There are two kinds of demos we can do, based on the presence or absence of reasonable internet. As you have surmised, the onsite personnel expect that their training in how to cope with a lack of internet will boil down to “it will work exactly the same as if there were internet.” The dilemma is that “I have internet” versus “I don’t have internet” isn’t in this case something I solve with the replication abilities of offline files and folders. We prefer doing our demos with access to the internet because it allows us to get the most up-to-date datasets, imagery and other things that make our demo good. If we don’t have access to the internet, it would require not just offline copies of certain files, but a completely different profile.
I can’t rely on the onsite staff to have the time and training to make judgement calls about the quality of the internet connection, so I turn to super mandatory profiles. In my previous article, I explained that mandatory profiles were essentially “read only” profiles.
Super mandatory profiles are identical, with the exception that they will simply refuse to log on if a slow link is detected. This is exactly what I need to solve my problem. I can create a profile for these demo systems that contains all the links, folder redirections and so forth that depend on stable, reasonably fast internet. I can also ensure that if that internet connectivity isn’t available, it will simply refuse to log on. If it does refuse to log on, the onsite staff can use an alternate logon that will contain links to local datasets and folders.
It’s certainly not a perfect solution to my problems; I’m going to have to add some scripting and scheduled tasks to the mix to keep having the system continually poll for a “slow link” during the day. If one is detected it will have to pop up a warning to the on-site staff letting them know it’s time to log off the super-mandatory user and use the local one. Still, this is a solution that can solve a fairly unique problem using nothing more than what is already built into active directory. An honourable mention needs to be made here regarding what I believe is the most important tool in the Windows system administrator’s arsenal: resultant set of policy (RSOP.msc.).
Active Directory offers plenty of ways to organise your user and computer objects. You can place them in various types of groups or within organisation units. These can of course be nested, with the end result that a given computer or user object could have many layers of group policies applied to it. Active directory isn’t exactly designed for the uninitiated, and the rules regarding inheritance and precedence of group policy objects can make understanding what is actually going to be applied to your user confusing.
RSOP.msc will show you exactly which policies are being applied to your user. More importantly, it will tell you which GPO “won” and ended up being the one to exert its policy. If you open an individual GPO setting, RSOP.msc is even kind enough to explain the precedence results that led to that GPO being declared the winner. There isn’t time or space here to discuss it at length, but suffice it to say that if you are working on an even moderately complex user data management scenario, RSOP.msc will end up being your best friend.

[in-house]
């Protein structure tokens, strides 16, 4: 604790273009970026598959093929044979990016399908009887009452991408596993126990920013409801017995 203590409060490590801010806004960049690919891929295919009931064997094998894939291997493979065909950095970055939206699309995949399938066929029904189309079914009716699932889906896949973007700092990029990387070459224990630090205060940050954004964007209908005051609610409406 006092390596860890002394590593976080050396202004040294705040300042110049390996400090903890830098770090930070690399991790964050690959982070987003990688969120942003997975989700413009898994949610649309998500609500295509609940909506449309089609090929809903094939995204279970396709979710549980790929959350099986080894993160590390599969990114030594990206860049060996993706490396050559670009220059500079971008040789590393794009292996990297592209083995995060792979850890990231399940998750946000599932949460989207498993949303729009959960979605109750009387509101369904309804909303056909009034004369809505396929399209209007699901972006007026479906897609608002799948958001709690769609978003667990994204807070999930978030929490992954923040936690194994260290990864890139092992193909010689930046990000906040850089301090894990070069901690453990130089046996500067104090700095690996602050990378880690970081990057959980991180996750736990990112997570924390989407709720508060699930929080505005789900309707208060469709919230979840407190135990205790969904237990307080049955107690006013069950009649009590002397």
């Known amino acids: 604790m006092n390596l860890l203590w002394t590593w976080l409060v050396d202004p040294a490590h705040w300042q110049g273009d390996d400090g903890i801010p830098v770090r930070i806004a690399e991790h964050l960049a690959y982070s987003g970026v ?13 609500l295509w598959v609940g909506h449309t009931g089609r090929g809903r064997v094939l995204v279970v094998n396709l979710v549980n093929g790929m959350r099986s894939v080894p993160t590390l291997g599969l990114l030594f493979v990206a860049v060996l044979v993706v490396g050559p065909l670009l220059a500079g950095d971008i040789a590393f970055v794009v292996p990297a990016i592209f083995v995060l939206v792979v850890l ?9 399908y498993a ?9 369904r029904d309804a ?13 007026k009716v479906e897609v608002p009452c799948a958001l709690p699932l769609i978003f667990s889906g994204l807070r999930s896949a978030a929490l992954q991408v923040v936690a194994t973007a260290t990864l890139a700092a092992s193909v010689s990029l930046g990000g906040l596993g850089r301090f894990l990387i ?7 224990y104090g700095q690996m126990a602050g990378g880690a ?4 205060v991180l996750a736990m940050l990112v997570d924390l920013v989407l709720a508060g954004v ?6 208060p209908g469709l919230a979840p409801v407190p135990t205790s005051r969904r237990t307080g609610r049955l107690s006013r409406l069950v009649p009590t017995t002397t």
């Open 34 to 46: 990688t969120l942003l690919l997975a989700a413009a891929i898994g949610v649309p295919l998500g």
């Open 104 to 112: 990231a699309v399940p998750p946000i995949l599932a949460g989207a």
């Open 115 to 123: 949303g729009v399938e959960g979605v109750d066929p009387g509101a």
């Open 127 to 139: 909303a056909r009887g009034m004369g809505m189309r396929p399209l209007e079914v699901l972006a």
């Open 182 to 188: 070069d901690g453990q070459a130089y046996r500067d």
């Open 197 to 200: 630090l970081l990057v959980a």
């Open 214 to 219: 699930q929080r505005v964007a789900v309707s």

As I bring my set of user data management articles to a close I find myself reflecting once more on the overall state of this most stressful aspect of systems administration. In the past ten years, we’ve come a long way in what’s possible.
Still, I don’t have to look beyond the boundaries of my own organisation to find scenarios that can’t be resolved within the “accepted’ paradigms of user data management as determined by Microsoft. The latest iterations of Windows have solved many bugs that plagued me for the past decade, yet this isn’t the year 2000 anymore.
Microsoft can’t act like it is the only real player out there. People are going to start using Mac, iPads, Google Whatever, cloud storage, and yes, even Linux.
While Microsoft has made minor inroads into interoperating with others, I am faced with the realisation that they aren’t at all prepared for a mixed-environment world. Even when using technologies and operating systems designed by Microsoft, interoperating only with Microsoft, I find myself having to resolve certain issues with scripts and scheduled tasks. Given that we don’t use anything particularly exotic in our environment, as a systems administrator looking into the future this leaves me with some very serious reservations.
My server environment is already a mixture of RHEL, Microsoft and VMWare. The applications I must support span decades and the user devices that will be accessing these applications and storing local data have a potential variability that frightens me.
The company I work for has less than one hundred employees, and yet even as the systems administrator of such a small organisation I am coming face to face with these realities. User data management is hard. It’s hard even within a Microsoft monoculture. Faced with the reality that very few people will have the luxury of software monoculture even in the near future I am certain only of one thing: It’s about to get a lot harder. ®